Rocket Men: Elon Musk, SpaceX
Net worth: The founder of Tesla and former CEO of Paypal, Musk is worth approximately US$20 billion.
Chief Activities: SpaceX, founded in 2002, designs, manufactures and launches rockets and spacecraft. Its core business is launching satellites and transporting cargo to the ISS for Nasa, and SpaceX is under contract with the government space agency to take astronauts there with its Dragon capsules, although this is still in the works. The US Air Force also continues to award SpaceX hundreds of millions of dollars in launch contracts. But SpaceX has much loftier goals.
Mission: To dramatically reduce the cost of space travel by developing reusable booster rockets and capsules, with the ultimate goal of making us a “multi-planetary species.” Musk wants to colonise Mars to protect the human race from extinction.
The first passengers could take off for the planet as early as 2024, according to the SpaceX founder, with tickets around US$200,000. After landfall, Musk predicts it would take around 40 years to develop a self-sufficient city on Mars. Pie in the sky stuff? Not entirely.
Approach: For Musk, space is the new Wild West, a frontier that demands to be explored. A risk-taker with a penchant for pushing boundaries, he lives in the media spotlight and is famous for setting audacious deadlines.
Christian Davenport, who reports on the space and defense industries at the Washington Post, describes SpaceX as “very hard-charging, very scrappy, doing it on the cheap using recycled parts, finding innovative and efficient ways to build their rockets, hiring very smart people and really just attacking it the way a private enterprise would.”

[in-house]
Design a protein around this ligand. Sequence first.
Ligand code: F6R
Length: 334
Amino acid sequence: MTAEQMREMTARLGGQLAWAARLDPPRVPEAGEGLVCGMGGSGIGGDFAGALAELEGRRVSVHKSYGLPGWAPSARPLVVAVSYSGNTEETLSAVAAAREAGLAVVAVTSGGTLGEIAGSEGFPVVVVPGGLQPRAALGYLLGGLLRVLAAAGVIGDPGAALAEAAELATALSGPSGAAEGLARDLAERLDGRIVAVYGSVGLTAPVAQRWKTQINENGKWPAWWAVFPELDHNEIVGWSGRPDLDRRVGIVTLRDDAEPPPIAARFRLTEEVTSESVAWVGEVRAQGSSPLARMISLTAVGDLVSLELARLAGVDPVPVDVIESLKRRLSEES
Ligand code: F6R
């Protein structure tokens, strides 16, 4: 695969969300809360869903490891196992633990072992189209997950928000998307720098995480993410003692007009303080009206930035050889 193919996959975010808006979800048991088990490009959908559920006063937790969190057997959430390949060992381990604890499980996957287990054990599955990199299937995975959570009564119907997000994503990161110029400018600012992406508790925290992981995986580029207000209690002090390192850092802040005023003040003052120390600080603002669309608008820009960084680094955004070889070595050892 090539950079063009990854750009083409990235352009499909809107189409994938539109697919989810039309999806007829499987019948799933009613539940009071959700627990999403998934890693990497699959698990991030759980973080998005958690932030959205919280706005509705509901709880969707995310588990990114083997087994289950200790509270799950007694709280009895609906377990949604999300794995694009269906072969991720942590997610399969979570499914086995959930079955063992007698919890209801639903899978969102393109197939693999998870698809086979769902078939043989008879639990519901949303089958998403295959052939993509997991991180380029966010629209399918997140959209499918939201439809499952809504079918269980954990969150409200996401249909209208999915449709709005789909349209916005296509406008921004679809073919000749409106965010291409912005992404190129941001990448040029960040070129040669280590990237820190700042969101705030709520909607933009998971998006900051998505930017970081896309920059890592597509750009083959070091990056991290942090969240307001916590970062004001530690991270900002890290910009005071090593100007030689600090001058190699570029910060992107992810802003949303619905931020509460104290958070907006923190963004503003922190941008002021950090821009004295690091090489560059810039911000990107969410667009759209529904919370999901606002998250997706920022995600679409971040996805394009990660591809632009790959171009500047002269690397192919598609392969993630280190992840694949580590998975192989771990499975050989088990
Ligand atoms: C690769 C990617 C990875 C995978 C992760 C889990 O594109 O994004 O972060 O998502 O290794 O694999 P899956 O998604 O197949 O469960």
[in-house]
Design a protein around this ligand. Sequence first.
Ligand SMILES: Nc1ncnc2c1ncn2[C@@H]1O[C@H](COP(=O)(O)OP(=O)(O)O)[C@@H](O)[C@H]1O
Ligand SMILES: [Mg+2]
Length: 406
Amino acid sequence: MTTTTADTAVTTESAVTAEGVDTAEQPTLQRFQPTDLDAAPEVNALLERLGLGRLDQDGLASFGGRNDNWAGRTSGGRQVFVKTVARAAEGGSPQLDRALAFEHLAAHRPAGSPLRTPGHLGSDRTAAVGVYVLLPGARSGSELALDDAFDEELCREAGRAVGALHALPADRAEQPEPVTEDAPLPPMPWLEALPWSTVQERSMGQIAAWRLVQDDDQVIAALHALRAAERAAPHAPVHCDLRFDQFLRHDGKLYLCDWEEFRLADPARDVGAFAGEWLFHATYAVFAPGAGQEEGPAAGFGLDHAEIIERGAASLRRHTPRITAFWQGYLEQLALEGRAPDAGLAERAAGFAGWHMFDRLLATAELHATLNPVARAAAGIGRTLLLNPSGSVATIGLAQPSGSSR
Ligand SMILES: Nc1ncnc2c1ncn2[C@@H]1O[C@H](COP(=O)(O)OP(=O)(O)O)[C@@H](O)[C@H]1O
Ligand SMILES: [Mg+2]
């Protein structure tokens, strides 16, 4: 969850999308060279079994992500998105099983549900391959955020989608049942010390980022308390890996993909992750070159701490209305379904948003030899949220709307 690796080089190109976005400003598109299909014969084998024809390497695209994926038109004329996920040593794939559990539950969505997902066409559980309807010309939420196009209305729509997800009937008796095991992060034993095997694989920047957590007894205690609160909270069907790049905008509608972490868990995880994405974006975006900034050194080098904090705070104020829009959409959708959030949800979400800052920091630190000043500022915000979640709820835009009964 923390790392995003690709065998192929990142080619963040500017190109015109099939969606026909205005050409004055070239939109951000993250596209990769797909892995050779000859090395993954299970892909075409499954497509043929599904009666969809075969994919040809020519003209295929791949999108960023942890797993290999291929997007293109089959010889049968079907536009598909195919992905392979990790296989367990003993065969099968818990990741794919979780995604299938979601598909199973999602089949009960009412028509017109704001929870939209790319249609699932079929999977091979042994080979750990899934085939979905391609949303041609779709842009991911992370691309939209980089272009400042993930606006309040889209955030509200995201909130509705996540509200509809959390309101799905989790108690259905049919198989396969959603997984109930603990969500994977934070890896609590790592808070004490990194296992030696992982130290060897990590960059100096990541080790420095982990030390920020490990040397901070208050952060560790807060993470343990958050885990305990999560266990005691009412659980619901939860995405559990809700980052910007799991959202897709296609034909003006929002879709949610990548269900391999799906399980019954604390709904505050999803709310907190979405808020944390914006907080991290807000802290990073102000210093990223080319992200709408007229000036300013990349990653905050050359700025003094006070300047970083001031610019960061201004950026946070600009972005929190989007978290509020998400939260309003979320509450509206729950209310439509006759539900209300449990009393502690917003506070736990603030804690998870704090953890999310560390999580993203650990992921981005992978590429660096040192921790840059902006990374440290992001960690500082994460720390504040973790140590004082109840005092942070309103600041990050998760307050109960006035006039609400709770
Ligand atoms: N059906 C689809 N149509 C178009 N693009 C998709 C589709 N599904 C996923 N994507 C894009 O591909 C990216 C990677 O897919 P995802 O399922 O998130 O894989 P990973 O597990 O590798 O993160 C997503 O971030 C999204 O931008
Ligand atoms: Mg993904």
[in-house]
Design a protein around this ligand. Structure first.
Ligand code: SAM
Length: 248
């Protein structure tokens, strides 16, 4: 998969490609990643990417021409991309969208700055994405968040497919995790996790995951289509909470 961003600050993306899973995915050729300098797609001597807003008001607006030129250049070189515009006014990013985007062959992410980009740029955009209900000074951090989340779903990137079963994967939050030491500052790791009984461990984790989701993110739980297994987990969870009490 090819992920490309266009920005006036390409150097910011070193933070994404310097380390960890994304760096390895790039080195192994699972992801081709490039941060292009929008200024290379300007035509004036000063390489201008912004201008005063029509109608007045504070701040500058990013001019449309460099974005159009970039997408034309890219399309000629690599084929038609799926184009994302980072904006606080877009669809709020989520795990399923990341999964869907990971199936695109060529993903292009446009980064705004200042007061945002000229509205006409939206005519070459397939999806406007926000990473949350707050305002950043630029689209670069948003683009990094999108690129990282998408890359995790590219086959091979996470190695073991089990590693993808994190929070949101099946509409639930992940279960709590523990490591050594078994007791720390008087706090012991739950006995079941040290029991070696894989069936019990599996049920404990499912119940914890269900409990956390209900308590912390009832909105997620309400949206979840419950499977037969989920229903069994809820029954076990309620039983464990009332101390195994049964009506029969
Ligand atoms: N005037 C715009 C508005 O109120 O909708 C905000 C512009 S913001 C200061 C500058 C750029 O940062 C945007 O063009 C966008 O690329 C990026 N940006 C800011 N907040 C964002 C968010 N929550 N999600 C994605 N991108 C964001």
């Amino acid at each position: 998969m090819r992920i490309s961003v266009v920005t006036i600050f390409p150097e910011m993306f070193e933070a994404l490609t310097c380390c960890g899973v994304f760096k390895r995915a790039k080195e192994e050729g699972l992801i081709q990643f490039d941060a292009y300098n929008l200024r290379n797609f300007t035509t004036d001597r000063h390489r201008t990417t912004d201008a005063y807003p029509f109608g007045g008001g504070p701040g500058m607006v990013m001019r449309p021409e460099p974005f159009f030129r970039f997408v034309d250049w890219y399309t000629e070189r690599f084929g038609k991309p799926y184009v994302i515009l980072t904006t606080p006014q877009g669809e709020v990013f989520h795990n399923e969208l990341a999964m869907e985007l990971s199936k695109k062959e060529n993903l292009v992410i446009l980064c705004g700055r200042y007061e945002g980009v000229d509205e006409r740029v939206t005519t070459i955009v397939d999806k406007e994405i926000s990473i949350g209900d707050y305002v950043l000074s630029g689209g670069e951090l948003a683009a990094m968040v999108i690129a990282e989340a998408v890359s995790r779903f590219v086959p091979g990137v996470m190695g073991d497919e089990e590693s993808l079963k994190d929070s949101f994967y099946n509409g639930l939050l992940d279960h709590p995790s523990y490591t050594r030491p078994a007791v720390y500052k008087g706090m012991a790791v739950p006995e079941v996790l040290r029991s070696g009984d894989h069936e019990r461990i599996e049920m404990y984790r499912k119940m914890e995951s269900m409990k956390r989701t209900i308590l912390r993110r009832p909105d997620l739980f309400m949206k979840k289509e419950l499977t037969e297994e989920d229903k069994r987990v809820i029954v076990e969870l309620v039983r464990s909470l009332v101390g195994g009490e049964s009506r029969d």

Milestones: SpaceX made headlines in August when Nasa announced that the company’s Crew Dragon capsule will start transporting astronauts to the ISS in 2019, making it the first commercially produced spacecraft to do so.
The Dragon capsule previously achieved a world first when it delivered a payload to the ISS in 2012. Other SpaceX milestones include developing the Falcon 9, the first reusable orbital rocket. In December 2015, the Falcon 9 succeeded in its first ground landing, making the possibility of reflight a reality.
SpaceX successfully relaunched and landed the Falcon 9 in March 2017. This constituted the world’s first reflight of an orbital-class rocket. Then there’s SpaceX’s Falcon Heavy rocket, which has the highest payload capacity of any currently operational launch vehicle.
On its maiden launch in February, it carried a Tesla Roadster as a dummy payload. It was designed to carry humans into space and, according to Musk, restores the possibility of flying missions with crew to the moon or Mars.
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Setbacks: In 2015, one of SpaceX’s Falcon 9 rockets exploded shortly after lifting off from Cape Canaveral en route to deliver cargo to the ISS. Another Falcon 9 blew up in September 2016, this time while being fuelled on the launch pad ahead of an engine test. As these were unmanned spacecraft, no one was hurt.
What’s next: SpaceX, under contract to Nasa, is refining the Dragon capsule to enable it to fly people to the ISS, with the first manned test flight expected within six months to a year. If they’re able to do that successfully, says Davenport, we could expect to see routine suborbital space tourism flights, maybe even orbital tourism flights, and maybe even tourism flights around the moon in the not-too-distant future.
Illustration: KY Chan